Tsunami Spirits

Japan has had more than its fair share of epic disasters, the most recent of which came on March 11, 2011 when the earth shifted and ocean waved. Within hours, twenty thousand Japanese were dead. As might be expected, survivors were deeply shaken and sadly traumatized. And then the ghosts and spirits came, in some cases possessing people.

In this haunting story over at the London Review of Books, Richard Lloyd Parry reports on the ghosts and possessions of the post-tsunami. It’s a long story that contains many stories within it. We can get a sense for the main storyline from these paragraphs, which I have edited and spliced:

Priests – Christian and Shinto, as well as Buddhist – found themselves called on repeatedly to quell unhappy spirits. A Buddhist monk wrote an article in a learned journal about ‘the ghost problem’, and academics at Tohoku University began to catalogue the stories. ‘So many people are having these experiences,’ Kaneda told me. ‘It’s impossible to identify who and where they all are. But there are countless such people, and I think that their number is going to increase. And all we do is treat the symptoms.’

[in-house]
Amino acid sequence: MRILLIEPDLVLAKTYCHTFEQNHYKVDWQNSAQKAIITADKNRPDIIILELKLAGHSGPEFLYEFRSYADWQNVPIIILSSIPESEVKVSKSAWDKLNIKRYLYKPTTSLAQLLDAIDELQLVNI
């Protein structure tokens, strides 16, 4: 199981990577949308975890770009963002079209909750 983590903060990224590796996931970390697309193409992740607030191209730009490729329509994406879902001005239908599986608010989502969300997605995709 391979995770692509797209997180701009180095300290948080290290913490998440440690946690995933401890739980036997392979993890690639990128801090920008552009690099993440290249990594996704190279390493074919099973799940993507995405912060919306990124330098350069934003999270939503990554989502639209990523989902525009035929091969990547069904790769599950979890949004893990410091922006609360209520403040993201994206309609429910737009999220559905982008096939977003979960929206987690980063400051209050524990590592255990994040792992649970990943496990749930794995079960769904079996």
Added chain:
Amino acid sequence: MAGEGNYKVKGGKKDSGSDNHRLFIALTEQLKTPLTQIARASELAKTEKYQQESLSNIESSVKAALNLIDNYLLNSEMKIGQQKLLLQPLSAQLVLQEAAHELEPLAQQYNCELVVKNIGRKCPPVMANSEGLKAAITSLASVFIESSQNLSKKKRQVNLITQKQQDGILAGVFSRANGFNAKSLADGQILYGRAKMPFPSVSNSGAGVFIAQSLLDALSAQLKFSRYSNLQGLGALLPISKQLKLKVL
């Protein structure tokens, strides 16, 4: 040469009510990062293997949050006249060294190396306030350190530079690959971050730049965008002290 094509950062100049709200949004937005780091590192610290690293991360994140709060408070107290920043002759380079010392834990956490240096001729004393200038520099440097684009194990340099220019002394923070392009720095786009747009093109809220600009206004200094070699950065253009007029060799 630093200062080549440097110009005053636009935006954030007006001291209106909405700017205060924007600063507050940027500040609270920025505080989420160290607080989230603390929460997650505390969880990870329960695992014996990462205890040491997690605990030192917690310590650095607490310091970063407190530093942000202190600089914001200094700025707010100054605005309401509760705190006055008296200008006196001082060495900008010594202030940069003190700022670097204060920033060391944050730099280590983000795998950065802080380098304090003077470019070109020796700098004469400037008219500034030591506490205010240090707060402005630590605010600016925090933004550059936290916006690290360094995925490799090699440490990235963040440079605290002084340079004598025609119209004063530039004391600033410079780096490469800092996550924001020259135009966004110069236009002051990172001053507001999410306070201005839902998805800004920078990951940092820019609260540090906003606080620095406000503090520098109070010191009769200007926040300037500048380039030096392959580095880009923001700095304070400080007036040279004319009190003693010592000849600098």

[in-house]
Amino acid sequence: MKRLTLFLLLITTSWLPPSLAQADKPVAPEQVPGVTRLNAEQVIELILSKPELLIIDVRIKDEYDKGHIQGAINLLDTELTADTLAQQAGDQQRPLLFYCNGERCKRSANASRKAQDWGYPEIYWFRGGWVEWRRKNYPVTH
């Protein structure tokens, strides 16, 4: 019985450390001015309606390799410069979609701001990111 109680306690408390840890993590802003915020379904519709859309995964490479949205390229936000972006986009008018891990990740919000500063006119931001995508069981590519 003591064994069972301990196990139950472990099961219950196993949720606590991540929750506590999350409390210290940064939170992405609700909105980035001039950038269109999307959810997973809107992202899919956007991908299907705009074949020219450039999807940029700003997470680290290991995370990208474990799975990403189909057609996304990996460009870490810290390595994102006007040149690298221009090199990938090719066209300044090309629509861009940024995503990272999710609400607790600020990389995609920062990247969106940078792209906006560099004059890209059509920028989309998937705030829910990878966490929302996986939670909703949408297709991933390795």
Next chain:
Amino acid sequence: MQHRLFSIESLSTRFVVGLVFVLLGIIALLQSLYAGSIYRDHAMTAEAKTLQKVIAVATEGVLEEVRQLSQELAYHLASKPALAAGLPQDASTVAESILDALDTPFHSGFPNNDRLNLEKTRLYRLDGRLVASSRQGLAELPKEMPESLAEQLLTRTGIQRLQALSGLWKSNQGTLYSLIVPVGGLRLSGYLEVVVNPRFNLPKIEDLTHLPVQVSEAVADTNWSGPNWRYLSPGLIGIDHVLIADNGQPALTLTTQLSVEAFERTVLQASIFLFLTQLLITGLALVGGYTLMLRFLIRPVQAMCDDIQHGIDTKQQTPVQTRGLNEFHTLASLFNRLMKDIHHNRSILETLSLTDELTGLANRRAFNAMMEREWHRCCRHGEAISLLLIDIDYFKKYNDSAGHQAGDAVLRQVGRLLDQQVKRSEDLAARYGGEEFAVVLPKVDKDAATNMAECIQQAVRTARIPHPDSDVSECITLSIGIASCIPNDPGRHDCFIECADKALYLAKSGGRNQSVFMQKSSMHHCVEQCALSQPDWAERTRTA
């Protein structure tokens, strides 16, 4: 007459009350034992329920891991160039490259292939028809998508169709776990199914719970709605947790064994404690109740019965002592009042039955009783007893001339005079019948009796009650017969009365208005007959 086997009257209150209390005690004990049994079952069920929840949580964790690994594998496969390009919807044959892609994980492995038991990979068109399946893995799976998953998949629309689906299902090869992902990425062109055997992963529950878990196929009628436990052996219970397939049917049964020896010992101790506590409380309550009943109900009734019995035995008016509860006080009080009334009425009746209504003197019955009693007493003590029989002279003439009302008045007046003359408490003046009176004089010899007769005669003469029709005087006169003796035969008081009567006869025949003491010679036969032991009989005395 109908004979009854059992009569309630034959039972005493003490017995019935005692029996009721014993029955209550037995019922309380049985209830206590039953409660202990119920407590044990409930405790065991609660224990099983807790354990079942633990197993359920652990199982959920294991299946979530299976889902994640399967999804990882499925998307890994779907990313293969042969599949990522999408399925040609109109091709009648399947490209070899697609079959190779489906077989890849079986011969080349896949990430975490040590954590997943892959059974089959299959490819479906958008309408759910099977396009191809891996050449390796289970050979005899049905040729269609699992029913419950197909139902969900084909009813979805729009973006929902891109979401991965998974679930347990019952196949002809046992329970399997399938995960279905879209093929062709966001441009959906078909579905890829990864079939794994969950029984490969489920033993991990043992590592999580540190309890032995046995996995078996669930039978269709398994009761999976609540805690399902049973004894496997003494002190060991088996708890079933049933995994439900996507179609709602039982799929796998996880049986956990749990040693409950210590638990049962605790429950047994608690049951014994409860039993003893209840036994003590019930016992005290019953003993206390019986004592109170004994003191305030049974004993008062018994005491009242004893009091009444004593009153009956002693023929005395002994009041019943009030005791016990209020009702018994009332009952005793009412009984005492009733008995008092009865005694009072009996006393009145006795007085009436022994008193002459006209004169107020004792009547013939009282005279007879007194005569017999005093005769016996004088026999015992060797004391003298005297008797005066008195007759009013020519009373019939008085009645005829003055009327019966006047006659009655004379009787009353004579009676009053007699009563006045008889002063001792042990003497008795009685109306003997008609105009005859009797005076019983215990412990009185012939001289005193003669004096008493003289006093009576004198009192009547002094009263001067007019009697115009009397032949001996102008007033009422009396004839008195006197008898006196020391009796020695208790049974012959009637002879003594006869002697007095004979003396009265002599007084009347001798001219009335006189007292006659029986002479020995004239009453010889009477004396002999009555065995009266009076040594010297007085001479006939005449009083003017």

When opinion polls put the question, ‘How religious are you?’, the Japanese rank among the most ungodly people in the world. It took a catastrophe for me to understand how misleading this self-assessment is. It is true that the organised religions, Buddhism and Shinto, have little influence on private or national life. But over the centuries both have been pressed into the service of the true faith of Japan: the cult of the ancestors.

The tsunami did appalling violence to the religion of the ancestors. Along with walls, roofs and people, the water carried away household altars, memorial tablets and family photographs. Cemetery vaults were ripped open and the bones of the dead scattered. Temples were destroyed, along with memorial books listing the names of ancestors over generations.

Thousands of spirits had passed from life to death; countless others were cut loose from their moorings in the afterlife. How could they all be cared for? Who was to honour the compact between the living and the dead? In such circumstances, how could there fail to be a swarm of ghosts?

Even before the tsunami struck its coast, nowhere in Japan was closer to the world of the dead than Tohoku, the northern part of the island of Honshu. In ancient times, it was a notorious frontier realm of barbarians, goblins and bitter cold. For modern Japanese, it remains a remote, marginal, faintly melancholy place, of thick dialects and quaint conservatism, the symbol of a rural tradition that, for city dwellers, is no more than a folk memory. Tohoku has bullet trains and smartphones and all the other 21st-century conveniences, but it also has secret Buddhist cults, a lively literature of supernatural tales and a sisterhood of blind shamanesses who gather once a year at a volcano called Osore-san, or ‘Mt Fear’, the traditional entrance to the underworld.